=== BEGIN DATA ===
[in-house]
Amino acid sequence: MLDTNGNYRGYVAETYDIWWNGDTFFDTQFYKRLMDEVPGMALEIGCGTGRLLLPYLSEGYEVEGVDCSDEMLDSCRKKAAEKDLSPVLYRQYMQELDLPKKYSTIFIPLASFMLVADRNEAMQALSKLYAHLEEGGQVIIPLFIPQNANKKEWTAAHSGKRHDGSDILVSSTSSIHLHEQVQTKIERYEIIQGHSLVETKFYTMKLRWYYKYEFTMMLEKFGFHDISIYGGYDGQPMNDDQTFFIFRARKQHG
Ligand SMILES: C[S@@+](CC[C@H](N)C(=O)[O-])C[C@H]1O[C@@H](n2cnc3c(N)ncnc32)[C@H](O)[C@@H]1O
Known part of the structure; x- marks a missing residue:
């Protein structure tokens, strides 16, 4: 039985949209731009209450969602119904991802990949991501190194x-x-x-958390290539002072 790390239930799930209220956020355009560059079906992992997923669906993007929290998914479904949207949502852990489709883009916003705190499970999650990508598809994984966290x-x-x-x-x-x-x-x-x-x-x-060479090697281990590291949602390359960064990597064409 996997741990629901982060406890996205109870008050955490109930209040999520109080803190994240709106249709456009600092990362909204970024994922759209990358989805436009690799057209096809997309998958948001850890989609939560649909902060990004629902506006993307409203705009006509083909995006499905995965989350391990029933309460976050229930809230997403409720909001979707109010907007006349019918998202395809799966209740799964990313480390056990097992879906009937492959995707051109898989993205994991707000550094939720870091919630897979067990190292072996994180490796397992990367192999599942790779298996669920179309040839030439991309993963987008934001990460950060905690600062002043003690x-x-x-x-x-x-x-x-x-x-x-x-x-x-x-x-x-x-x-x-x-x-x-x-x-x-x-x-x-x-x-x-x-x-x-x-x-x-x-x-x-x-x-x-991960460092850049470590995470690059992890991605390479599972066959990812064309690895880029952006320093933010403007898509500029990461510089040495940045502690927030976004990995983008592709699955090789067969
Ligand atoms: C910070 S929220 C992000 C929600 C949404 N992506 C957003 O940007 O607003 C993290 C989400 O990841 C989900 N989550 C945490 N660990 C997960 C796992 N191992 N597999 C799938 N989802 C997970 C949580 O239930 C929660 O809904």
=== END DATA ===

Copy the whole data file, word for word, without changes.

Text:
[in-house]
Amino acid sequence: MLDTNGNYRGYVAETYDIWWNGDTFFDTQFYKRLMDEVPGMALEIGCGTGRLLLPYLSEGYEVEGVDCSDEMLDSCRKKAAEKDLSPVLYRQYMQELDLPKKYSTIFIPLASFMLVADRNEAMQALSKLYAHLEEGGQVIIPLFIPQNANKKEWTAAHSGKRHDGSDILVSSTSSIHLHEQVQTKIERYEIIQGHSLVETKFYTMKLRWYYKYEFTMMLEKFGFHDISIYGGYDGQPMNDDQTFFIFRARKQHG
Ligand SMILES: C[S@@+](CC[C@H](N)C(=O)[O-])C[C@H]1O[C@@H](n2cnc3c(N)ncnc32)[C@H](O)[C@@H]1O
Known part of the structure; x- marks a missing residue:
């Protein structure tokens, strides 16, 4: 039985949209731009209450969602119904991802990949991501190194x-x-x-958390290539002072 790390239930799930209220956020355009560059079906992992997923669906993007929290998914479904949207949502852990489709883009916003705190499970999650990508598809994984966290x-x-x-x-x-x-x-x-x-x-x-060479090697281990590291949602390359960064990597064409 996997741990629901982060406890996205109870008050955490109930209040999520109080803190994240709106249709456009600092990362909204970024994922759209990358989805436009690799057209096809997309998958948001850890989609939560649909902060990004629902506006993307409203705009006509083909995006499905995965989350391990029933309460976050229930809230997403409720909001979707109010907007006349019918998202395809799966209740799964990313480390056990097992879906009937492959995707051109898989993205994991707000550094939720870091919630897979067990190292072996994180490796397992990367192999599942790779298996669920179309040839030439991309993963987008934001990460950060905690600062002043003690x-x-x-x-x-x-x-x-x-x-x-x-x-x-x-x-x-x-x-x-x-x-x-x-x-x-x-x-x-x-x-x-x-x-x-x-x-x-x-x-x-x-x-x-991960460092850049470590995470690059992890991605390479599972066959990812064309690895880029952006320093933010403007898509500029990461510089040495940045502690927030976004990995983008592709699955090789067969
Ligand atoms: C910070 S929220 C992000 C929600 C949404 N992506 C957003 O940007 O607003 C993290 C989400 O990841 C989900 N989550 C945490 N660990 C997960 C796992 N191992 N597999 C799938 N989802 C997970 C949580 O239930 C929660 O809904």